3. It appears that you have set your face against any consideration of Roundup, and that you will only receive and consider comments relating to "the active substance" -- in this case glyphosate. It is our understanding that you are interpreting the Chemical Regulations very tightly here, and are disregarding the use of glyphosate in association with GMO crops. That is clearly not very sensible, since you are also charged with considering the "indirect effects" of the cultivation of GMOs -- and the use of glyphosate is actually required in conjunction with the planting and harvesting of any RR crop. This is a real issue, and you must not evade it. In our understanding, the revised guidelines for risk assessment of GMOs give the appropriate panel the flexibility to consider glyphosate use with GMOs under the heading of "changes in agricultural practice". The growing of GMOs is a major change, and all of the relevant EU regulations acknowledge this. We do not accept your contention that your hands are tied. The GMO regulations give the panel a degree of freedom to include herbicide use and effects in agriculture, environment and human health, for good scientific reasons, in their risk assessment. The panel can also request proper data on these matters from the developers and the pesticide industry, if such data is not already provided.

4. Again on the matter of Roundup, you are once again seeking to hold to a very narrow interpretation of the rules (Regulation (EC) No 1107/2009 of the European Parliament and the Council, Commission Regulation (EU) No 1141/2010, and Commission Implementing Regulation (EU) No 380/2013), claiming that these put the focus of EFSA evaluations on active substances rather than toxic pesticide formulations. (These are called, euphemistically, "plant protection products" even though they are designed to kill plants as quickly as possible.) You claim that the approval or re-approval of an active substance is a risk management decision (e.g. taken by the Commission and/or Member States) and therefore does not fall under EFSA's remit. We accept that EFSA's role is to evaluate and give advice. You also point out that "plant protection products" such as Roundup are not authorised at an EU level, but that product authorisations are granted by individual Member States. We hope you will agree with us that this absurd division of responsibilities is a recipe for inactivity and a guarantee that virtually nothing will change, whatever your considered evaluation of glyphosate may be. This situation cannot be allowed to prevail, since it is more and more apparent from surveys of the literature that glyphosate and Roundup are highly toxic and harmful to human and animal health. That being the case, we believe that EFSA is perfectly at liberty to pass comment on Roundup, and to make recommendations to Member States, whether or not they have asked for them, in the interests of public health. Indeed, to evade such a course of action would in our view make EFSA culpable of once again adopting a "don't look, don't see" attitude to scientific evidence that the biotechnology / pesticides industries may find inconvenient. Evasion of responsibility would also run against a specific responsibility placed upon you to employ at all times the Precautionary Principle wherever scientific doubt occurs.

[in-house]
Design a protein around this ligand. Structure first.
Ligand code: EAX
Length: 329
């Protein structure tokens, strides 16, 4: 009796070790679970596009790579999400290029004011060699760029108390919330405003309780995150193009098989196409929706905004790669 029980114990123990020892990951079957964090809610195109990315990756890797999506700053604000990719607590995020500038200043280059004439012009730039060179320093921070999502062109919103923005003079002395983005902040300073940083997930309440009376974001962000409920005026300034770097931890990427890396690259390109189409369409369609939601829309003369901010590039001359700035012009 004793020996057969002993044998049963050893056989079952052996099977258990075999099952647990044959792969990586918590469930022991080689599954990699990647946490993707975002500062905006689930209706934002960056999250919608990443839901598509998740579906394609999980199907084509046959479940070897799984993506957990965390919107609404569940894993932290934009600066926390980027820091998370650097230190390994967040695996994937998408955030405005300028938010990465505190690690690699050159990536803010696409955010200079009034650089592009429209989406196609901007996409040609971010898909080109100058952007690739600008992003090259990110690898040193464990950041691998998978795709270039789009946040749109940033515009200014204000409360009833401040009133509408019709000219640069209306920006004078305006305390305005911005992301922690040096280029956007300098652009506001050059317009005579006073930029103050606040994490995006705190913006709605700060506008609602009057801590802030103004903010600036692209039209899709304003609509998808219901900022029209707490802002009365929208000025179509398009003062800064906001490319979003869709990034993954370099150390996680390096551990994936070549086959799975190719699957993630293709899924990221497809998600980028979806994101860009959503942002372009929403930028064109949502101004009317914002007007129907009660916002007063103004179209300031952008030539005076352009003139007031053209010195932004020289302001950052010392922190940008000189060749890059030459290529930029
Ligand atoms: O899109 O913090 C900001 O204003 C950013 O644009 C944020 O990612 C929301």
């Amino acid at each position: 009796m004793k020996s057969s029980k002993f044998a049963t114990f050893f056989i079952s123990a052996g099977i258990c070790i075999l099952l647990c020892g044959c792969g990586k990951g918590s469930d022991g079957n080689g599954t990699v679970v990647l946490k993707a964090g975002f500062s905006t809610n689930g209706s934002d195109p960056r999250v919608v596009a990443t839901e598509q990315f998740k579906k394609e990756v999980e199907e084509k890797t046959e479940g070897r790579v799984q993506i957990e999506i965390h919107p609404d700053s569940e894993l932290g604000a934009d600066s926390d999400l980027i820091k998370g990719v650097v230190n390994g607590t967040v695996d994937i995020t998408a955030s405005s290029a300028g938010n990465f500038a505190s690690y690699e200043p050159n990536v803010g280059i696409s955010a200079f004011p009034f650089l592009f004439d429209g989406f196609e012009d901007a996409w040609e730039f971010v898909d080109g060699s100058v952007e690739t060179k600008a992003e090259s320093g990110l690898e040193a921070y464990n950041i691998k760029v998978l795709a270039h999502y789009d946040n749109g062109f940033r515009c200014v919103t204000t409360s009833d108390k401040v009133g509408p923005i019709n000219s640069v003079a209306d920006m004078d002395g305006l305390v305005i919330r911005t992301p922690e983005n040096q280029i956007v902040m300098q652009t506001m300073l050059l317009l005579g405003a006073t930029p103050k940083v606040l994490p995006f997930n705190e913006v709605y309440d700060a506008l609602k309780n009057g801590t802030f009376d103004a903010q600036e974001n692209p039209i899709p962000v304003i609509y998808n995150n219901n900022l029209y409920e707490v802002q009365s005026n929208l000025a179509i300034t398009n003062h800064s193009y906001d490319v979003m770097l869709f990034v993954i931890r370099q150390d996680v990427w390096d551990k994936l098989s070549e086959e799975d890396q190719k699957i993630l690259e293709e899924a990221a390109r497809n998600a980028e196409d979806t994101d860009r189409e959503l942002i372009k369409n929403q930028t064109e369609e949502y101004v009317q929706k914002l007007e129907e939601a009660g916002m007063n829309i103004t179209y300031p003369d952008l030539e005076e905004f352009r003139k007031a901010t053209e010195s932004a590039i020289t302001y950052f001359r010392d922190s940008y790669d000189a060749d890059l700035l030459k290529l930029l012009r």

We therefore seek reassurances from you on the following matters. Please confirm that:

(a) Comments received by Email or in hard copy, outside the "designated" electronic template, WILL be considered and accepted as valid;

(b) You have no right to withhold the German documents on glyphosate from those who are not prepared to sign the illegal disclaimer referred to above.

(c) You will agree to undertake an assessment of the use of glyphosate in the context of its intended use with GMO / RR crops, as you have full discretion to do.

(d) You will give due consideration to submissions relating to Roundup formulations, since these are the materials actually used in the field by European farmers, and since new evidence points to Roundup being many times more toxic than the supposed "active substance."

We look forward to receiving your confirmation that these four protests will be placed onto the published record, and that action will immediately be taken as requested.

With many thanks


Dr Brian John GM-Free Cymru